A gallery of portraits of members of the Buonarroti family, who have contributed, throughout the centuries, towards making the house in via Ghibellina a "respectable city house", something that Michelangelo had deeply longed for.
Portrait of Michelangelo with a turban (1522) by Giuliano BugiardiniCasa Buonarroti
The purchase of the houses in via Ghibellina
Between 1508 and 1514 Michelangelo bought five houses located between via Ghibellina and the current via Michelangelo Buonarroti (known as via Santa Maria at the time). The artist lived in those apartments between 1516 and 1525, the year in which he moved in the district of San Lorenzo, to closely follow the works of the Mediceo complex. When he moved to Rome, as evidenced by the correspondence, he wrote several times to his parents, urging them to renovate the properties located in via Ghibellina to turn them into "a respectable house in the city".
This portrait of Michelangelo was commissioned by Ottaviano de' Medici and depicts Michelangelo at the age of 47. There are two copies, one at the Louvre and one in a private collection.
Portrait of Michelangelo (Seconda metà del XVI secolo) by Marcello VenustiCasa Buonarroti
The painting, attributed to Marcello Venusti, belongs to the famous prototype of Michelangelo's portrait made by Jacopino del Conte in 1535 in Rome.
Medal with Michelangelo (recto) (1561) by Leone LeoniCasa Buonarroti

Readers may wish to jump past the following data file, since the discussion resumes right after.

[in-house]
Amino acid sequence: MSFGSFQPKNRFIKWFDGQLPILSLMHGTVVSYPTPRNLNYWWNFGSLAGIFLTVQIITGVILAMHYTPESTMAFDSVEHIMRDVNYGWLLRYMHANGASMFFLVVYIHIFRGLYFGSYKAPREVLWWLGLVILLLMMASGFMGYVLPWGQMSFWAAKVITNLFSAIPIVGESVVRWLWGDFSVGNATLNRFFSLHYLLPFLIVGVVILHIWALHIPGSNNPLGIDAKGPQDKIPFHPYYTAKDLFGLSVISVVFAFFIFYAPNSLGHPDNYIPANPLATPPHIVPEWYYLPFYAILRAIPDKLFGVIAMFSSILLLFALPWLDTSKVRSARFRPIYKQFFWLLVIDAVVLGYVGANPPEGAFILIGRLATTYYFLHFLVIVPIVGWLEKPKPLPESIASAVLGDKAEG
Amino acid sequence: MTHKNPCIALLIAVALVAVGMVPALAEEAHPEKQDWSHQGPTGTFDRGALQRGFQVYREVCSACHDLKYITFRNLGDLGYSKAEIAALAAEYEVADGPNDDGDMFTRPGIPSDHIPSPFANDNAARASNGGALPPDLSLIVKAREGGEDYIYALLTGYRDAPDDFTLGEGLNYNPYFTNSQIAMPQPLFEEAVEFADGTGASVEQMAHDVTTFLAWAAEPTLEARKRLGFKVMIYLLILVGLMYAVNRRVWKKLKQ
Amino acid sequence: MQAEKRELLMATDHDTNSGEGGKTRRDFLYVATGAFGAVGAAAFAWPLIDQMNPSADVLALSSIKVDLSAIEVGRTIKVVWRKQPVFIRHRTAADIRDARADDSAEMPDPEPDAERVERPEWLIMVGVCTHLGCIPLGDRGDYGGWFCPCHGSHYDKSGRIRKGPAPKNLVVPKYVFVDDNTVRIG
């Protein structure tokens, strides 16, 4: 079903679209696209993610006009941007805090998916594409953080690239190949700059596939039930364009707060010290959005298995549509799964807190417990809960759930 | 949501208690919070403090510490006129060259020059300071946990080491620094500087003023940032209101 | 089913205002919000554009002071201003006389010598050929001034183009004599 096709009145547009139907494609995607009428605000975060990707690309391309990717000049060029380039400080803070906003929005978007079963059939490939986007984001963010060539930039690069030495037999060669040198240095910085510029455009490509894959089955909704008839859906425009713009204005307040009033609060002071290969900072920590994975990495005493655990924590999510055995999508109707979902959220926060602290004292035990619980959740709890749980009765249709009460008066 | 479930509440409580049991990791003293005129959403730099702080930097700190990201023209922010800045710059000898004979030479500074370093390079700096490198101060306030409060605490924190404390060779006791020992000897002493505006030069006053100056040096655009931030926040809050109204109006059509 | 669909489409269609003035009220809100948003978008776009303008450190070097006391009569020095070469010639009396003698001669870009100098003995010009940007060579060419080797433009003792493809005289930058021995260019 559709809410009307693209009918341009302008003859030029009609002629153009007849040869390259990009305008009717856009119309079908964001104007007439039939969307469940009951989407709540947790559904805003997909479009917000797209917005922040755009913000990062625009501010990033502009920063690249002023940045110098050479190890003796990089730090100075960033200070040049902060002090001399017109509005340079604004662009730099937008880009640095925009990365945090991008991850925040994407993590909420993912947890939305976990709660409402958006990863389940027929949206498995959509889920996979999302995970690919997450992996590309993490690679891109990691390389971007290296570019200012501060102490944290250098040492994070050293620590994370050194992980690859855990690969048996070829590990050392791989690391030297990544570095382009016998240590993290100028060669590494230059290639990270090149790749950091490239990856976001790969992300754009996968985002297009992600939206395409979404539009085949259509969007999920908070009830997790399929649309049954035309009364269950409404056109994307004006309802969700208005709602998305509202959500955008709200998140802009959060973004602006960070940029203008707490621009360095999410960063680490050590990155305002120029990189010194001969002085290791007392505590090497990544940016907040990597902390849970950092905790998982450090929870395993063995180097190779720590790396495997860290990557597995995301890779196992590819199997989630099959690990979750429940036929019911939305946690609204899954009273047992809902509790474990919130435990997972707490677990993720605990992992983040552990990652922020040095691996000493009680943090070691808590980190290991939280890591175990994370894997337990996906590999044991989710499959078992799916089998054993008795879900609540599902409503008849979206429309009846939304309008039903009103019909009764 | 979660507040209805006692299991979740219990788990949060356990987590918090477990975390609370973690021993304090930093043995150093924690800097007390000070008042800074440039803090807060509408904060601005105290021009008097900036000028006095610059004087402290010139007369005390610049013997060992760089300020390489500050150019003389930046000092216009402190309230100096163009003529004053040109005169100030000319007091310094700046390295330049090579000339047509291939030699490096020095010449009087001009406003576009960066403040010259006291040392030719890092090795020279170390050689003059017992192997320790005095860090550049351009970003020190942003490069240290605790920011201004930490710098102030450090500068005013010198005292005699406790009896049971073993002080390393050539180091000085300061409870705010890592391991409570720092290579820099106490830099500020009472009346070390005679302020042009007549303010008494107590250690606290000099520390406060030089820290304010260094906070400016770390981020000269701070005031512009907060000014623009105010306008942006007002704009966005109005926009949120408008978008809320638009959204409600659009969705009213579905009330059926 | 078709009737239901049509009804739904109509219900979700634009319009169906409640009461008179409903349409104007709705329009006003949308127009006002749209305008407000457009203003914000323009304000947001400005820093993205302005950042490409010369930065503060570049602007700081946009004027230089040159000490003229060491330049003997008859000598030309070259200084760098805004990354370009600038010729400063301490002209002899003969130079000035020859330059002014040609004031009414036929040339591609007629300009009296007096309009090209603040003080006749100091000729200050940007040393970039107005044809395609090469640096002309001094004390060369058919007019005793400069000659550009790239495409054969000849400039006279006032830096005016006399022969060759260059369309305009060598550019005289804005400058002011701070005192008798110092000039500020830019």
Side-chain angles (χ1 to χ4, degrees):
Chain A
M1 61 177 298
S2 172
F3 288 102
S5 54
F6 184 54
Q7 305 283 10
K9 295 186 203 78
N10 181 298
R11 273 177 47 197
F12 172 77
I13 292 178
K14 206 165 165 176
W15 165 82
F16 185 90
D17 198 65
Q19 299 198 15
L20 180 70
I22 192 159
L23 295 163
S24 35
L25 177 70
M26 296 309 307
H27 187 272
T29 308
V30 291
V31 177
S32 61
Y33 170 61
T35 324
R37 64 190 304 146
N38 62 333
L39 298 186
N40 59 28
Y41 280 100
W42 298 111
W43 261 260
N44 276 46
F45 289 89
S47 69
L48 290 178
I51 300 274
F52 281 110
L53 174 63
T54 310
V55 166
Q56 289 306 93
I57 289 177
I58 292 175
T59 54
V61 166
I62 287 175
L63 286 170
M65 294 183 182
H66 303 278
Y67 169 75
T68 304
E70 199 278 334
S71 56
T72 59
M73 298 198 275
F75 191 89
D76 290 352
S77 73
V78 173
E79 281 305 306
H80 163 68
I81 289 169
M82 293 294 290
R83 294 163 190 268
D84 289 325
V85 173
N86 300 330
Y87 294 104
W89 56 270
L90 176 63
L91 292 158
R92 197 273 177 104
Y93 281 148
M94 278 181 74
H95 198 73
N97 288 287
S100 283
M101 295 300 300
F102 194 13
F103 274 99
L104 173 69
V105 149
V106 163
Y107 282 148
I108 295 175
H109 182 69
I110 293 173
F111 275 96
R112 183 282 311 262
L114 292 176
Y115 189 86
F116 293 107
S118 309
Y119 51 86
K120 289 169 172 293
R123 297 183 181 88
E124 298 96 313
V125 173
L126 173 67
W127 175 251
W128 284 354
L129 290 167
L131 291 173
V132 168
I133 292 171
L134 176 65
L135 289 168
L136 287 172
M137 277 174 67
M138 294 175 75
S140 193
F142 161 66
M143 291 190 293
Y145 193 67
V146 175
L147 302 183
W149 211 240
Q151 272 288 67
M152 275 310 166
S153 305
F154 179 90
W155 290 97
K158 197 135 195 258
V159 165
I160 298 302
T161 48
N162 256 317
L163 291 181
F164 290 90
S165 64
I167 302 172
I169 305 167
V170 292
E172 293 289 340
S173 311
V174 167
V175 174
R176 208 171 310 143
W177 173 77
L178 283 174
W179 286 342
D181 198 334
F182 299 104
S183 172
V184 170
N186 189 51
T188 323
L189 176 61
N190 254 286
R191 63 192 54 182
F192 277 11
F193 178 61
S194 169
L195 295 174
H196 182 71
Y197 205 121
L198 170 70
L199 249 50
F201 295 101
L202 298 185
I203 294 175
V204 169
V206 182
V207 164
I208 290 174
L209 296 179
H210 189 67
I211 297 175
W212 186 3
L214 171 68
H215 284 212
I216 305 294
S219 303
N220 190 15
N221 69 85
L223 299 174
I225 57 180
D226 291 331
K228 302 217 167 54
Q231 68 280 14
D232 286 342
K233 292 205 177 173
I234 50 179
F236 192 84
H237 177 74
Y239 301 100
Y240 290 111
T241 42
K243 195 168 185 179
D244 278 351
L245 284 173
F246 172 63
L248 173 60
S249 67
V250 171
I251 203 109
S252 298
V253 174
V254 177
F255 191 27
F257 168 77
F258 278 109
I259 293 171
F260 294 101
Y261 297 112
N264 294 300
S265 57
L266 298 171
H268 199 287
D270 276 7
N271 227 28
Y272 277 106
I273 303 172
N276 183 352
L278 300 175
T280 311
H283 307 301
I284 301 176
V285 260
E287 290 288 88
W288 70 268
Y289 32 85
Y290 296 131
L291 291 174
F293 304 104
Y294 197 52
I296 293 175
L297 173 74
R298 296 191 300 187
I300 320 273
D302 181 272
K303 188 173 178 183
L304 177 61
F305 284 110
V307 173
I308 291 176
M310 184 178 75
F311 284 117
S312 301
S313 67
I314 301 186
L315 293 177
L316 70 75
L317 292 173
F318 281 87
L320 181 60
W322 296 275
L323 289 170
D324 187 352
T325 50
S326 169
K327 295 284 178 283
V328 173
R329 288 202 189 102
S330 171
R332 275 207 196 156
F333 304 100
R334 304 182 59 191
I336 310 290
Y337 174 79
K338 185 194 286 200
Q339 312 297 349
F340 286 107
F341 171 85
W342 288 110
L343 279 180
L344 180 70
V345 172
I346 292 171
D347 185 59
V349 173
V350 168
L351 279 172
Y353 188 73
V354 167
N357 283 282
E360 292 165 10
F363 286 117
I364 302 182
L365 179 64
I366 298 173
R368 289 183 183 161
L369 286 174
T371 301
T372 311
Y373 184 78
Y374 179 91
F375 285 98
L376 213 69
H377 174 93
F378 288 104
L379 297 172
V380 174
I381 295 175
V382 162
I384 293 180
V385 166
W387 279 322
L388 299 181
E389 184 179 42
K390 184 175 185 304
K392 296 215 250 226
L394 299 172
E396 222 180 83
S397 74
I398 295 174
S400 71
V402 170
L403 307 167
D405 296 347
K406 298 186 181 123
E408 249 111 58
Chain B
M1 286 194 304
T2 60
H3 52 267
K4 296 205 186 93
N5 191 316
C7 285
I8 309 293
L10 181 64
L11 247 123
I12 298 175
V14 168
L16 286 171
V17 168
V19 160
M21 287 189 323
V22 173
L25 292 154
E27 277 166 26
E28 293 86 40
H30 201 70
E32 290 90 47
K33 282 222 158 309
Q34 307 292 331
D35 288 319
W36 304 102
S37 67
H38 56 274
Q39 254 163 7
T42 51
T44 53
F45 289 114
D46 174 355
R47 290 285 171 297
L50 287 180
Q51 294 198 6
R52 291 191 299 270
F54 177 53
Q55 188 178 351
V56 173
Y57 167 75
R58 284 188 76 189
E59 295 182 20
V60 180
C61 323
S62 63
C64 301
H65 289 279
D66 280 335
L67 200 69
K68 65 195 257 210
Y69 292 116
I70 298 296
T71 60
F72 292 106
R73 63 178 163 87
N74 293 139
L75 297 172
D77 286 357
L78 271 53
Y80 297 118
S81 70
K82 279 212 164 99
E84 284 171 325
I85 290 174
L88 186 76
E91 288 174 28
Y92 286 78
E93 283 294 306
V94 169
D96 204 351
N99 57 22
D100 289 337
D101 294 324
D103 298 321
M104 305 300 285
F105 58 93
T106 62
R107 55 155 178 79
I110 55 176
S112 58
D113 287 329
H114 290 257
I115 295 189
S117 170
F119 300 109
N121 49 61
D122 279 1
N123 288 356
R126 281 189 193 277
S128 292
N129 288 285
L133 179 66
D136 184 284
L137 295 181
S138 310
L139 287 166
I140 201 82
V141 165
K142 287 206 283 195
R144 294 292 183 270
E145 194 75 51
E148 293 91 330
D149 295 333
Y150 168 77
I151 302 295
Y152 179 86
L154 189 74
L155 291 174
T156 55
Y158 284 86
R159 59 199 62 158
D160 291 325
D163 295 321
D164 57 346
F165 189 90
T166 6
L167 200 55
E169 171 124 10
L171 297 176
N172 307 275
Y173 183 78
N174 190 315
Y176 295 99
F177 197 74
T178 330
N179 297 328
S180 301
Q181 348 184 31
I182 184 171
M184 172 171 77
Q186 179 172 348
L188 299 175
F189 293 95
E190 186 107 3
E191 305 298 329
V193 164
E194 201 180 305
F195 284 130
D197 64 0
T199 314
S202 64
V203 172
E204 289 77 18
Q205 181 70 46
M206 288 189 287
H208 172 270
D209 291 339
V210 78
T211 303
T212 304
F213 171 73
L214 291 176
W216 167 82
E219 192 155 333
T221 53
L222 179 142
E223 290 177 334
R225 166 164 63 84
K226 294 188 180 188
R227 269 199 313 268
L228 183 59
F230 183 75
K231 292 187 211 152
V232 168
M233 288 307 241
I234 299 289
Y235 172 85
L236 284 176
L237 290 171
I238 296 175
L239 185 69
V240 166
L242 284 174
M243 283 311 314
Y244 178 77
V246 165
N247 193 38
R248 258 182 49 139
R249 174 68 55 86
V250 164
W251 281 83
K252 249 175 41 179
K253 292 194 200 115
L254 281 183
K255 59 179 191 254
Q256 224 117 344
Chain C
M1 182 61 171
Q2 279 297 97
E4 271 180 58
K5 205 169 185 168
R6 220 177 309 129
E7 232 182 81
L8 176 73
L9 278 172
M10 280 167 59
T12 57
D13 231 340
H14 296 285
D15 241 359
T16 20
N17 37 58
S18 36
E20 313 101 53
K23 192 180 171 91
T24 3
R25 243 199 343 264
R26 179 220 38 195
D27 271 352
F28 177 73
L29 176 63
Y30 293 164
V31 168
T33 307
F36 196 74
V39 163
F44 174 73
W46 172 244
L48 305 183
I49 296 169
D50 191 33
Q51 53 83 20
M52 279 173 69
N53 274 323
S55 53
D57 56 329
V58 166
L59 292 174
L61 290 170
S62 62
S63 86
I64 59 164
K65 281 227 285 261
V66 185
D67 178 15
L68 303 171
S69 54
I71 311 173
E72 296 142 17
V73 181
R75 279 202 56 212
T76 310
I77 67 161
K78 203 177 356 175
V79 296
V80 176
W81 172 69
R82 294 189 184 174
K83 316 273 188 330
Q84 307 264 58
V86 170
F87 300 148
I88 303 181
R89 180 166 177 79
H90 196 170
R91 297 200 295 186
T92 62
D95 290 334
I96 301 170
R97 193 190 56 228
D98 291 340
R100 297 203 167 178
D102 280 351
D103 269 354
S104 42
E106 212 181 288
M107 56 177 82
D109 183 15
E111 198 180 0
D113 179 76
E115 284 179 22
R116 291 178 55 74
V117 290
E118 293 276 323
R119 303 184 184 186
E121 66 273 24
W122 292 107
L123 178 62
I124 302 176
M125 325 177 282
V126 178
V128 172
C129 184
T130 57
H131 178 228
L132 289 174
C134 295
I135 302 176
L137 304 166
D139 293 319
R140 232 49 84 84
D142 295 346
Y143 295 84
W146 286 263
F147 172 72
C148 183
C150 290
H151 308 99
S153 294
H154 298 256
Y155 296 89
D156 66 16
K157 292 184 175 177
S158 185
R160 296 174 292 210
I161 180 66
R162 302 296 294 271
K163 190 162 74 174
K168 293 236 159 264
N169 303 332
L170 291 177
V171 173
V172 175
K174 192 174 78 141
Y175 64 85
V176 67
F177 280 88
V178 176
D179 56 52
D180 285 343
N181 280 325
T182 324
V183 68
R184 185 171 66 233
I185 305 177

The lead medal was made in c. 1561. This specimen was not included in the collection of four silver and bronze medals, which Leone Leoni had sent to the artist as a gift on the 14th March 1561.
The inscription shown on the medal indicates that Michelangelo in 1561 was 88 years old. But we know that he was born in 1475, so at the time he must have been 86 years old.
Bust of Michelangelo (1564/1570) by Daniele da Volterra e GiambolognaCasa Buonarroti
The face of this bust was sculpted by Daniele da Volterra, a trusted friend of Michelangelo’s. He was one of the few to assist him on his deathbed and to mold the mortuary mask in 1564.
Daniele da Volterra made six heads of Michelangelo, two of them destined to Leonardo Buonarroti. The sample of Casa Buonarroti was decorated with a sumptuous cloth by Gimabologna.
The erection of the tomb of Michelangelo in Santa Croce (1618/1620) by Tiberio TitiCasa Buonarroti
The Michelangelo's legacy
After Michelangelo's death, the houses of via Ghibellina and the artworks of the great master were entrusted to the only male heir of the family: Leonardo Buonarroti. Mainly known for turning over to Cosimo I de' Medici some of the uncle's masterpieces (like the Madonna della Scala), Leonardo was actually the first one to commit to converting the houses of via Ghibellina in a single noble building. Thanks to him, a first building renovation and the purchase of another adjoining apartment took place. The beloved nephew of Michelangelo was also the commissioner of a funeral monument for the artist in Santa Croce. This last event has been commemorated, years later, by this painting by Tiberio Titi, commissioned by the son of Leonardo, Michelangelo The Younger, who wanted to include portraits of his family in the painting.
These are Leonardo Buonarroti and his wife Cassandra Ridolfi, whom he had married, in May 1553, after a long research for a spouse and under the pressure of his uncle.
These two children have been identified by Steimann as the second and the third-born of the couple: Michelangelo The Younger, 7-year-old, on the left and the 11-year-old Ludovico, on the right.
Portrait of Michelangelo il Giovane (1610/1615) by Cristofano AlloriCasa Buonarroti
The seventeenth century magnificence